Tiger Leaping Gorge: China’s Most Breathtaking Hike

Disclosure: This article may contain affiliate links. We will make a small commission from these links if you order something at no additional cost to you.

Sitting just outside the town of Lijiang, in China’s southwestern corner, is Jade Dragon Snow Mountain. On one side of the mountain is one of the region’s most popular destinations, Yulong Snow Mountain Scenic Area, one of China’s AAAAA-classified scenic areas. On the other side of the mountain is another one of the area’s popular attractions, Tiger Leaping Gorge.

Spanning 15 kilometers in length, the gorge is one of the world’s largest and most beautiful sites. With Jade Dragon Snow Mountain towering on the southern side and Haba Snow Mountain to the north, the Jinsha River roars at the bottom of the 2000-meter deep gorge.

For visitors, the best way to see the gorge is by taking the 20-kilometer hike along the northern ridge of the gorge. Spanning some of Yunnan Province’s most spectacular scenery, the hike is a must do for nature lovers.

Starting from Lijiang, one of China’s most beautiful towns, most hotels and hostels can hook you up with transportation to the trailhead, just outside of Qiaotou. After paying the admission charge of 65 CNY (25 CNY for students), the bus drops its passengers off at the start of the trail.

At first, the trail climbs through fields and past several temples before reaching the mountain ridge with a view of the river below. As you continue along the trail, the views become more and more beautiful. Looking down at the raging river below, with the snow-capped mountains above you, it’s hard to believe you are in a country with such a terrible environmental record.

The views along the trail are breathtaking, but the hike can be very tiring because you have to carry all your things.
The views along the trail are breathtaking, but the hike can be very tiring because you have to carry all your things.

As you hike the trail, you’ll have continuous views of the river as much as 2,000 meters below and the mountains high above. The trail winds its way along the ridge line, occasionally becoming treacherously narrow. During the hike, we passed through fields, small Naxi villages, and even forests.

It is worth noting that the trail could be potential dangerous during bad weather. The trail was narrow in places, and there was even a waterfall that cross the trail at one point, an issue if heavy rain had recently occurred. There is also a risk of landslide, and we had to cross an area where the trail had become covered with debris. While the trail is safe during good weather, it will certainly require extra care during poor conditions.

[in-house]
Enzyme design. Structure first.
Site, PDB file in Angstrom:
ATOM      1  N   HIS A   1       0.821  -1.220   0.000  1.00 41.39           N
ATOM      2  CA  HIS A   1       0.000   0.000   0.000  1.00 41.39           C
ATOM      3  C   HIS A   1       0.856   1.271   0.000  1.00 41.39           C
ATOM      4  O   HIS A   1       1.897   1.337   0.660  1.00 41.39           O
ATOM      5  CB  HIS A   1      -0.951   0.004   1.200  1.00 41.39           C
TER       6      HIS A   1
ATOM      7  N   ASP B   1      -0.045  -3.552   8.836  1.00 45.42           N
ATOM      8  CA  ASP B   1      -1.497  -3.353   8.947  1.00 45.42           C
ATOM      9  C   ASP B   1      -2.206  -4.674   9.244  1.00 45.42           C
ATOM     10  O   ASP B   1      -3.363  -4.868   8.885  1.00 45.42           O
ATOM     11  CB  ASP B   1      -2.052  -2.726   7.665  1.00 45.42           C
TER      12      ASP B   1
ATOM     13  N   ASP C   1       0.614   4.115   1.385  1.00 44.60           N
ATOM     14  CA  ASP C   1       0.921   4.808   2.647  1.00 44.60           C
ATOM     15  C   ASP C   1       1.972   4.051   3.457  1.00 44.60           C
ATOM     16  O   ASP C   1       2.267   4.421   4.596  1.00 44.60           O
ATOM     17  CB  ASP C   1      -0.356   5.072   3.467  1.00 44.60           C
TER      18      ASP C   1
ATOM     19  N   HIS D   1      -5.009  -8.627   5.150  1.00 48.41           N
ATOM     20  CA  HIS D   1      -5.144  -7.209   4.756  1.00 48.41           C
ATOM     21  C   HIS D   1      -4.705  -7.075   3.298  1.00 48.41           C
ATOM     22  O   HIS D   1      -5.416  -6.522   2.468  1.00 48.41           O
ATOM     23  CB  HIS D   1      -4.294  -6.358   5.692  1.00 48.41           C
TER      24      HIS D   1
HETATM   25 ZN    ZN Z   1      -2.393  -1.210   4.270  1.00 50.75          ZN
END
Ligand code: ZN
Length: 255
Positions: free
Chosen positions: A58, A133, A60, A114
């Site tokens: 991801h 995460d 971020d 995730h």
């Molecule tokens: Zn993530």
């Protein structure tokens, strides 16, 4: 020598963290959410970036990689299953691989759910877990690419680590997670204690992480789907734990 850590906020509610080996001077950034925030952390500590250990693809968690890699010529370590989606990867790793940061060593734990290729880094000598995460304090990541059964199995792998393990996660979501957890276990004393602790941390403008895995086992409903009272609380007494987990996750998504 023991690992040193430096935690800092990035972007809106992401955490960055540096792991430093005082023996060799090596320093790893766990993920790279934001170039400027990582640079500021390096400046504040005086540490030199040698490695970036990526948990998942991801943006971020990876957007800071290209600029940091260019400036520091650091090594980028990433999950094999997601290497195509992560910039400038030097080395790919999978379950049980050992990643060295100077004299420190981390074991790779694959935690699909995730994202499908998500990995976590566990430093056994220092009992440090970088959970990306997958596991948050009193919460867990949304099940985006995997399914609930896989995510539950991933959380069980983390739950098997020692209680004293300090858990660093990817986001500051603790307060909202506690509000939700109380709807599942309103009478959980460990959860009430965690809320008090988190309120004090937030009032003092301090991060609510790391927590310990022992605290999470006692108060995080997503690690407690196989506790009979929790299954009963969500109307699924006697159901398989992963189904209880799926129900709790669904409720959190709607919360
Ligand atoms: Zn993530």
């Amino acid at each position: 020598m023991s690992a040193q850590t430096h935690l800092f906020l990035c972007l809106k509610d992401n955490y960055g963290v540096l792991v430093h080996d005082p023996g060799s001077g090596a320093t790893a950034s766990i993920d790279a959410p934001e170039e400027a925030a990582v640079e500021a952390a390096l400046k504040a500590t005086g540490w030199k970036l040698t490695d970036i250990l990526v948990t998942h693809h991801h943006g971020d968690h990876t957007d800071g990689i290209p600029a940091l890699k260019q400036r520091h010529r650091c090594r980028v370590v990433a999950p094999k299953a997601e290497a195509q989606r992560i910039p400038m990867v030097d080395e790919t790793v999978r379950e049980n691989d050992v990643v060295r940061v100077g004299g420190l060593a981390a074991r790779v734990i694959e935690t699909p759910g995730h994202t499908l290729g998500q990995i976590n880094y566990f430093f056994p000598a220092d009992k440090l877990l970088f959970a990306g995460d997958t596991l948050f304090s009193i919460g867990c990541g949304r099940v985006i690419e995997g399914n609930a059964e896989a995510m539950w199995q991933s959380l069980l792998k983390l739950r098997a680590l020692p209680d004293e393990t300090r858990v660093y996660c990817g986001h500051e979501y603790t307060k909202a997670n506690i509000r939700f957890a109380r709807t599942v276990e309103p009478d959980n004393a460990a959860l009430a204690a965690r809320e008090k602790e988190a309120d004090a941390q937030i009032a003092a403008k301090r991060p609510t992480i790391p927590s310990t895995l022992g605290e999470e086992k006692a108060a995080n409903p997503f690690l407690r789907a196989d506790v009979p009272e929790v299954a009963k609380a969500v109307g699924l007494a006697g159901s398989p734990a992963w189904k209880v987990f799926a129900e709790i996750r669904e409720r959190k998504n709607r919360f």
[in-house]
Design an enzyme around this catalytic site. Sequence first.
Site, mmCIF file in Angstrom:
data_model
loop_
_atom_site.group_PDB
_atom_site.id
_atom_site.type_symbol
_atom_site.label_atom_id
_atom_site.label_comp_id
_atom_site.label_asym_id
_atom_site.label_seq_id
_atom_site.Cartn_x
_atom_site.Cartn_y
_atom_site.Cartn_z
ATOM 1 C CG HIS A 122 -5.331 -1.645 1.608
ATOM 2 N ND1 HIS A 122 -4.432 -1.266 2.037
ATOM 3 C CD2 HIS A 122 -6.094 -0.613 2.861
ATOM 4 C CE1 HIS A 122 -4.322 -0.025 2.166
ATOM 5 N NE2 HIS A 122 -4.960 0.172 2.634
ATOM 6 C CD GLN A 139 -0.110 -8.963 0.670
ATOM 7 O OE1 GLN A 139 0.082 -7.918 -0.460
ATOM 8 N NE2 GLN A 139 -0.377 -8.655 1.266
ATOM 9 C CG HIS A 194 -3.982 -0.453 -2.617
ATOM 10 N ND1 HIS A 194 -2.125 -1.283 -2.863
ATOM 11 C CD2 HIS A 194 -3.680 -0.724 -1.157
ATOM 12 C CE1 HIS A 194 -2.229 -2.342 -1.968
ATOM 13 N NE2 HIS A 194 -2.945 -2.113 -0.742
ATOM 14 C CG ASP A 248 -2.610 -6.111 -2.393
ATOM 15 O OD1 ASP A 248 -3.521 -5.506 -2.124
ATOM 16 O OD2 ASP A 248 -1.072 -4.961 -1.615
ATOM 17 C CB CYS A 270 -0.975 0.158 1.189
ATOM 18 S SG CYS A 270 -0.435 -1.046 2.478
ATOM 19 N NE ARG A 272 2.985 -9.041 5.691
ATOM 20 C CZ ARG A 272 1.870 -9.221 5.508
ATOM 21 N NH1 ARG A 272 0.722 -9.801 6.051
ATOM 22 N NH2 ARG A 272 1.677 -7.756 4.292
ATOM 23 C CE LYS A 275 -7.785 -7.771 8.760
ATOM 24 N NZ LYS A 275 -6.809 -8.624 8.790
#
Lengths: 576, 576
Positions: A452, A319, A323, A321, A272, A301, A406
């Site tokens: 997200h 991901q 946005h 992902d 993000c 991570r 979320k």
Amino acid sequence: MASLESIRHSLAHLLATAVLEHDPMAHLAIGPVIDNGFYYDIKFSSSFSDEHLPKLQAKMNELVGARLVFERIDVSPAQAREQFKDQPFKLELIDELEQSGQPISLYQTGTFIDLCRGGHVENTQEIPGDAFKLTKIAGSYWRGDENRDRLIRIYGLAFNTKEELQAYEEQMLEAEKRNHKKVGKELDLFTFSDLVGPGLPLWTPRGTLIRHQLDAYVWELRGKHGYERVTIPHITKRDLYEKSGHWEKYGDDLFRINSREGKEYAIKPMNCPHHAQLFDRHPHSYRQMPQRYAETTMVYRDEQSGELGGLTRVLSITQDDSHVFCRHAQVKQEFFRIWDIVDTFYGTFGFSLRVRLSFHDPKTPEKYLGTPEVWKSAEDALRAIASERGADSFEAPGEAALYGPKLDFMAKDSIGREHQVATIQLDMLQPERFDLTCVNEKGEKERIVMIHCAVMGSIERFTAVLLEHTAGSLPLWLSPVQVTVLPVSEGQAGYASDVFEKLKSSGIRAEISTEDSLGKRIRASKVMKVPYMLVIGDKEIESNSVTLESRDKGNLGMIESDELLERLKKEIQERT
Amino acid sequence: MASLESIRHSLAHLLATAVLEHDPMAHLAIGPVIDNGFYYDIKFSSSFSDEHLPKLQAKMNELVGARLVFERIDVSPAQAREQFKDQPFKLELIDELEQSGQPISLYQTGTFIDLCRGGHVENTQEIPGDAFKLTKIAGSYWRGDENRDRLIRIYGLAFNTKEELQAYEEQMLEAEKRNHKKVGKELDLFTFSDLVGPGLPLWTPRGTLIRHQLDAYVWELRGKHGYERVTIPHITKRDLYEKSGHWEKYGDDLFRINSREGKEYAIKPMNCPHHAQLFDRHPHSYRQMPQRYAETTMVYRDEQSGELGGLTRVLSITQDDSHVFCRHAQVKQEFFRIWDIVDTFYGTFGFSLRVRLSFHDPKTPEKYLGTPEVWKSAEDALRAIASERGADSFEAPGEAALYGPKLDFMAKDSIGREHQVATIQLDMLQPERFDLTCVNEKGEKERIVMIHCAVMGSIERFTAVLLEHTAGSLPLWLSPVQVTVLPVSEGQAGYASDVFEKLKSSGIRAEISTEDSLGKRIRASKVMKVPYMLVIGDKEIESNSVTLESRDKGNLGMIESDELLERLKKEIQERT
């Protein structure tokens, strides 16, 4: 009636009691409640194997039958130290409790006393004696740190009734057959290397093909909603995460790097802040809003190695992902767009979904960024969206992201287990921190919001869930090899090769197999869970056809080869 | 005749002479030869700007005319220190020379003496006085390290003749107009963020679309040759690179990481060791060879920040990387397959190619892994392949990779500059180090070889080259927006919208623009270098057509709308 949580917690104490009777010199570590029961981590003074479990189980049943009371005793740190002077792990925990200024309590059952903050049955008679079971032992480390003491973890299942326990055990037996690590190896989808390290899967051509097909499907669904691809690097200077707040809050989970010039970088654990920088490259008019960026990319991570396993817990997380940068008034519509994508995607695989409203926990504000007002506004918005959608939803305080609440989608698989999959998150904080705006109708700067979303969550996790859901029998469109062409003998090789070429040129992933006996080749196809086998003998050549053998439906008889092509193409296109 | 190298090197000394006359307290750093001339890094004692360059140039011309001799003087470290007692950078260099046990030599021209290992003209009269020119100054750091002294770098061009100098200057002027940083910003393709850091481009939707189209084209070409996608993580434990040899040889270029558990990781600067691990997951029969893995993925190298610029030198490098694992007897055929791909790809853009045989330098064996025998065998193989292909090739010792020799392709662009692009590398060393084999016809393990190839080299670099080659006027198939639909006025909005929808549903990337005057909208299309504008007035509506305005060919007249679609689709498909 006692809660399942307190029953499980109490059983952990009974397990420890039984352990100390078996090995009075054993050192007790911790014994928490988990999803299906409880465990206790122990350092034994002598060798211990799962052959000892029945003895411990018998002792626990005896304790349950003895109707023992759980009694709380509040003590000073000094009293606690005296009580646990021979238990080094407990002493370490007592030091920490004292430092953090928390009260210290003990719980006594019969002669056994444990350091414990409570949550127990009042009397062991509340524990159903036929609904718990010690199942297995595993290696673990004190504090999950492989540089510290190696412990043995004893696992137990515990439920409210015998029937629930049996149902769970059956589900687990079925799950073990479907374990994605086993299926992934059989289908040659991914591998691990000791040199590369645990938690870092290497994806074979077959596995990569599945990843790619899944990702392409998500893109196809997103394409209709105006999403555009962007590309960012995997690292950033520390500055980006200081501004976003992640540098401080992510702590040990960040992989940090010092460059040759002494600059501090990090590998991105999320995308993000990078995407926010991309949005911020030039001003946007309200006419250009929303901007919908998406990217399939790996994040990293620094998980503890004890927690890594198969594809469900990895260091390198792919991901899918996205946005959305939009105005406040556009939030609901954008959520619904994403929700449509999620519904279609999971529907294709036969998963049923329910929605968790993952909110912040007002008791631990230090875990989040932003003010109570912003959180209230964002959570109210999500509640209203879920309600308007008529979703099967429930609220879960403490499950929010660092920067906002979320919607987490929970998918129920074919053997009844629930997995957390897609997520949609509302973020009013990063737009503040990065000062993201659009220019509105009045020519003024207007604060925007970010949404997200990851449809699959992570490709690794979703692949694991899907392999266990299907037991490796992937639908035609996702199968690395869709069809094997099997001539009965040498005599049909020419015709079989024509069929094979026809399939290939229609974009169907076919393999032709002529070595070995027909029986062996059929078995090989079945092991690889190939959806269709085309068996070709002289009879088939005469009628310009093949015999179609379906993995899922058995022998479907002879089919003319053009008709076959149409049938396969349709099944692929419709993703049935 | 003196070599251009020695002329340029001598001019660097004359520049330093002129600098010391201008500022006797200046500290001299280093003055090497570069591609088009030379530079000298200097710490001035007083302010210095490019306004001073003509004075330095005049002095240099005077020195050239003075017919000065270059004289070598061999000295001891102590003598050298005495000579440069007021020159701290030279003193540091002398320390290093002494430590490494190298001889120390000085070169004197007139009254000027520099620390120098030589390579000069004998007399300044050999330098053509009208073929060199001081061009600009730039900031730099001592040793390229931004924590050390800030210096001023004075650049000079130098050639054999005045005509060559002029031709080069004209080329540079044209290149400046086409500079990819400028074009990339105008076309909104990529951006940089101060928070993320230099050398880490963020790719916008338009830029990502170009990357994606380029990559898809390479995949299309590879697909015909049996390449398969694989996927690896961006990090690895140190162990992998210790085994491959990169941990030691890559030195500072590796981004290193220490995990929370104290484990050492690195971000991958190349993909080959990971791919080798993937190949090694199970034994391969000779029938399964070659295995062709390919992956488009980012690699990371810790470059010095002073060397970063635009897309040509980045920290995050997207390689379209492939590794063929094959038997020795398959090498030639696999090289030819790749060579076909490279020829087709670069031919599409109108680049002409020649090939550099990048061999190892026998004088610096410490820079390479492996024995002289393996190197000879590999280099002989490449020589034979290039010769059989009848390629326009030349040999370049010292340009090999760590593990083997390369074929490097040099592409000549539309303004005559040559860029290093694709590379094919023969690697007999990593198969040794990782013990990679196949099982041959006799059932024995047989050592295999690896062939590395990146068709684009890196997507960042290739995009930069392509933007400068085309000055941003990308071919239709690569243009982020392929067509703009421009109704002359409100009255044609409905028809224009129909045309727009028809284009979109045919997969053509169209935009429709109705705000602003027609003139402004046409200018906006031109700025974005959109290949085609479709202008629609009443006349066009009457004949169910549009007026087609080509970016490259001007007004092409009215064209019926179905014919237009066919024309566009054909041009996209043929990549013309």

Along the trail, you’ll find several enterprising locals who sell food and drinks. Unfortunately, you’ll also find some less scrupulous locals who will try to charge you to stand on the more scenic rocks or highest points. Fortunately, though, they are fairly easy to avoid.

On the plus side, though, there are several guesthouses and restaurants that charge reasonable rates and offer good quality.

The trail can be treacherous due to rockslides and heavy rain. Make sure to use caution when hiking.
The trail can be treacherous due to rockslides and heavy rain. Make sure to use caution when hiking.

While it is possible to hike the trail in a day, nearly everyone does it as a two day hike. Most people break up their hike by stopping at Halfway Lodge, approximately six hours from the trailhead. The lodge is set in a beautiful small village and the view from the bathroom is stunning.

When my wife and I did the hike, however, we opted to stop at the Tea-Horse Trade Guesthouse, about a five-hour hike from the start of the trail. We opted to do this because of the beauty of the hotel’s location and because we wanted a chance to relax and enjoy the view before sunset. Our room was nice, with a wonderful balcony and an acceptable bathroom.

From our guesthouse, it was a 3.5 hour hike to Tina’s Guesthouse, where buses are available for trips back to Lijiang. If you arrive with several hours to spare, head down the trail to the river below, where you can get a close look at the raging rapids. The trek down the gorge is quite arduous, so make sure you have the time and energy to complete the journey.

Overall, I would say that Tiger Leaping Gorge is a must do hike for anyone visiting southwestern China. It is easily one of the most beautiful places I’ve ever had the privilege of seeing.

See more great places to visit!

2 thoughts on “Tiger Leaping Gorge: China’s Most Breathtaking Hike”

  1. Looks like I could really hurt myself there…haha =P gorgeous nonetheless. I’ll think about whether to go on a hike there are not 😉

    – Maria Alexandra

    • You do have to be careful. I hurt my knee on the decent, though on a good part of the trail. However, it was definitely worth hobbling around for a few weeks to see the gorge.


Leave a Comment